"I don't want to call out Ruen Pair or anything," he chuckles, "but we eat at that Thai restaurant all the time after work and I'm a huge fan of desserts, obviously. And whenever Louis orders, he gets all this super-spicy stuff and then I want something light and refreshing after to deal with the spice. So Ruen Pair had this poster of a dessert up on the wall, called 'The Sweetie,' and it looked like shaved ice with jellies and I thought, That's perfect."Ong asked for an order of four for the table, but was informed by the server that the kitchen was out of the dish. "I was like, 'OK, no worries," and we went back a week later and I asked again and the same thing happened again and again. I thought, This must be a joke. So I made my own adaptation from the picture and have told everyone in the restaurant that we absolutely cannot run out of it, ever. We use to call it the 'E.P. Sweetie' in homage, but people kept asking what a sweetie was, so it's called the 'Cali Cloud.'"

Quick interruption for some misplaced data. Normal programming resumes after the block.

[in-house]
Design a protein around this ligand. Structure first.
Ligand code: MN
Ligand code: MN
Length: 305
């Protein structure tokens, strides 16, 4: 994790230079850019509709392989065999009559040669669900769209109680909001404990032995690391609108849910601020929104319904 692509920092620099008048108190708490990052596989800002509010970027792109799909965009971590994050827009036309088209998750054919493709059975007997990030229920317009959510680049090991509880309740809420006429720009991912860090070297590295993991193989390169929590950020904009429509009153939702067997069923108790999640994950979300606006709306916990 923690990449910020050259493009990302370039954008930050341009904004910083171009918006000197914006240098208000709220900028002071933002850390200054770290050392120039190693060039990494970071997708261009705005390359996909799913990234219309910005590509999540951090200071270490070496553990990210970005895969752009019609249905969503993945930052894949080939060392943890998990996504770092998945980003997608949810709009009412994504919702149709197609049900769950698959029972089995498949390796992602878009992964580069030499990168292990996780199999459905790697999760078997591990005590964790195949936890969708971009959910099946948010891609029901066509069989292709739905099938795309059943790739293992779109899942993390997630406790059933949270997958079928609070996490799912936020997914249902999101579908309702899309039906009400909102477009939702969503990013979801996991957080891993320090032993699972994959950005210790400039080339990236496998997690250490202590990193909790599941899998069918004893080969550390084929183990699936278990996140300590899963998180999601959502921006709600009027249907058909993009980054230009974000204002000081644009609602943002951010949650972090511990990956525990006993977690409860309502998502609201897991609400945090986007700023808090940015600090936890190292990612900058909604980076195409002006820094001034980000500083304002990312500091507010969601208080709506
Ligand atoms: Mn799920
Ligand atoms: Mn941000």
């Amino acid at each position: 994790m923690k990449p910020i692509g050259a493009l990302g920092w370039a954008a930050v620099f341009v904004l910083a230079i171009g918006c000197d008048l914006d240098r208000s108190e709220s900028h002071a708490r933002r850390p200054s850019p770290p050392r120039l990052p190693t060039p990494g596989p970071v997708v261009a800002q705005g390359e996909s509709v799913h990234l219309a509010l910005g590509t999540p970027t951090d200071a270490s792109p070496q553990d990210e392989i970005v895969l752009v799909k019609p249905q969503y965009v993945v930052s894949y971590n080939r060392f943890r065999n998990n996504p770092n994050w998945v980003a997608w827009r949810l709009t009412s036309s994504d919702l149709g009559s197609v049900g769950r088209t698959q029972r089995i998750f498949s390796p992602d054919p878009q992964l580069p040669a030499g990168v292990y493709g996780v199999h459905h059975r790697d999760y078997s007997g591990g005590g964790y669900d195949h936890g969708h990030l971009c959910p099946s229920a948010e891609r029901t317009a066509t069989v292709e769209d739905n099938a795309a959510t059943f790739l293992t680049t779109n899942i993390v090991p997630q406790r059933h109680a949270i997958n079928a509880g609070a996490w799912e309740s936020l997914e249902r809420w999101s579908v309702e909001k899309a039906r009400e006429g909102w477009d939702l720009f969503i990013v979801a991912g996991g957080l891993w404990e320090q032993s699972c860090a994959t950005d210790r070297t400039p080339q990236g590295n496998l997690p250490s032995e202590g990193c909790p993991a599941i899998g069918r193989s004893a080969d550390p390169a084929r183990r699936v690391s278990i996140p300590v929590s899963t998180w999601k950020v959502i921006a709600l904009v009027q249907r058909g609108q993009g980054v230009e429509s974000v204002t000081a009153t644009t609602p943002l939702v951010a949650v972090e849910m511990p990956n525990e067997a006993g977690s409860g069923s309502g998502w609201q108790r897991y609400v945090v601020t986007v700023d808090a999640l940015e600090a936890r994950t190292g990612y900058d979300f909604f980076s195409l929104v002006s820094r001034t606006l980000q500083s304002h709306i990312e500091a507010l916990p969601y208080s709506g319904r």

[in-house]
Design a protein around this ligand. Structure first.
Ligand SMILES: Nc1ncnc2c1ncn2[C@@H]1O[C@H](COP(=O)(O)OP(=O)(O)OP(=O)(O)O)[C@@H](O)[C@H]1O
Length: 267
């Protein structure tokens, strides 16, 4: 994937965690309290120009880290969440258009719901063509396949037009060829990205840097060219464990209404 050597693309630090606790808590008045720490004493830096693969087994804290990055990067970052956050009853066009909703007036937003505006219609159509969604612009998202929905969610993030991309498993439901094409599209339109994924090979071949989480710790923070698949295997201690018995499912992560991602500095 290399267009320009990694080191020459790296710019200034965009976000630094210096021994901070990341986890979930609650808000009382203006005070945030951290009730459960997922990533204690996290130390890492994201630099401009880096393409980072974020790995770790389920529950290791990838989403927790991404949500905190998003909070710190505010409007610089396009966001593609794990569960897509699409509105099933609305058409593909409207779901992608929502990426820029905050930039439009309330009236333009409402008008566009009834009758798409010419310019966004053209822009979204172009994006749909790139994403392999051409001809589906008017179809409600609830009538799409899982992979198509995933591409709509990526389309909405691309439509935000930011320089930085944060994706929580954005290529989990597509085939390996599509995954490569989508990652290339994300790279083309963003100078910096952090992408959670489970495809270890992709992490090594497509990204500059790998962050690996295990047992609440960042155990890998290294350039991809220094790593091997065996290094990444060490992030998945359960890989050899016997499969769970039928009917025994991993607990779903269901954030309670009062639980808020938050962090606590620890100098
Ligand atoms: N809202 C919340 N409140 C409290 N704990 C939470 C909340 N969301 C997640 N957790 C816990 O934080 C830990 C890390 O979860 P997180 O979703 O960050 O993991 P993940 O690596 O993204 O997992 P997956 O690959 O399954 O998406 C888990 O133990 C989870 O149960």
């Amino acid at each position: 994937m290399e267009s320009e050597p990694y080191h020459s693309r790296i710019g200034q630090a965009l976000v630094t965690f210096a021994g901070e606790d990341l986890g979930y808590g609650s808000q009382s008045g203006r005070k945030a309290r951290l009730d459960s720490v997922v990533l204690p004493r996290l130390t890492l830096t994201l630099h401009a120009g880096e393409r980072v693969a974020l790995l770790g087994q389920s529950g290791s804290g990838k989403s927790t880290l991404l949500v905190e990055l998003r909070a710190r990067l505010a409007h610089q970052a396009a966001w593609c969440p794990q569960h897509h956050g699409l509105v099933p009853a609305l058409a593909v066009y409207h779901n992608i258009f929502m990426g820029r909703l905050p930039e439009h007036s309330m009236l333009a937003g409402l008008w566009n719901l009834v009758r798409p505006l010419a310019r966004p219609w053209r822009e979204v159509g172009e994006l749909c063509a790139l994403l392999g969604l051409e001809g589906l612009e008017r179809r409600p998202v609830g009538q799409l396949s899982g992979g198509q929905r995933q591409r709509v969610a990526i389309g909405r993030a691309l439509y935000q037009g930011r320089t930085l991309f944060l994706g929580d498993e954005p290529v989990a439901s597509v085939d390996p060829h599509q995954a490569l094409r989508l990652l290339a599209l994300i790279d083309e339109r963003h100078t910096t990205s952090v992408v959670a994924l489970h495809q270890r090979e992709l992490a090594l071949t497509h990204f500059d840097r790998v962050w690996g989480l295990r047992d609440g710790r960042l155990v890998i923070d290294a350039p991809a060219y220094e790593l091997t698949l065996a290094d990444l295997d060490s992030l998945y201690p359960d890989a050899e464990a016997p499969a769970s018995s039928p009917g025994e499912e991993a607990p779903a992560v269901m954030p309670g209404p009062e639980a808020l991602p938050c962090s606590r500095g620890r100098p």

Ong's dishes are also inspired by his experience of coming to America to work at the restaurant, and the flavors and dishes he encountered when doing so. Just like the occasional non-Asian menu twists in the savory department by Tikaram, these dishes aren't trying to play with Asian flavors necessarily—they're just trying to redefine what you can have on an Asian restaurant's dessert menu without falling into the French technique trap.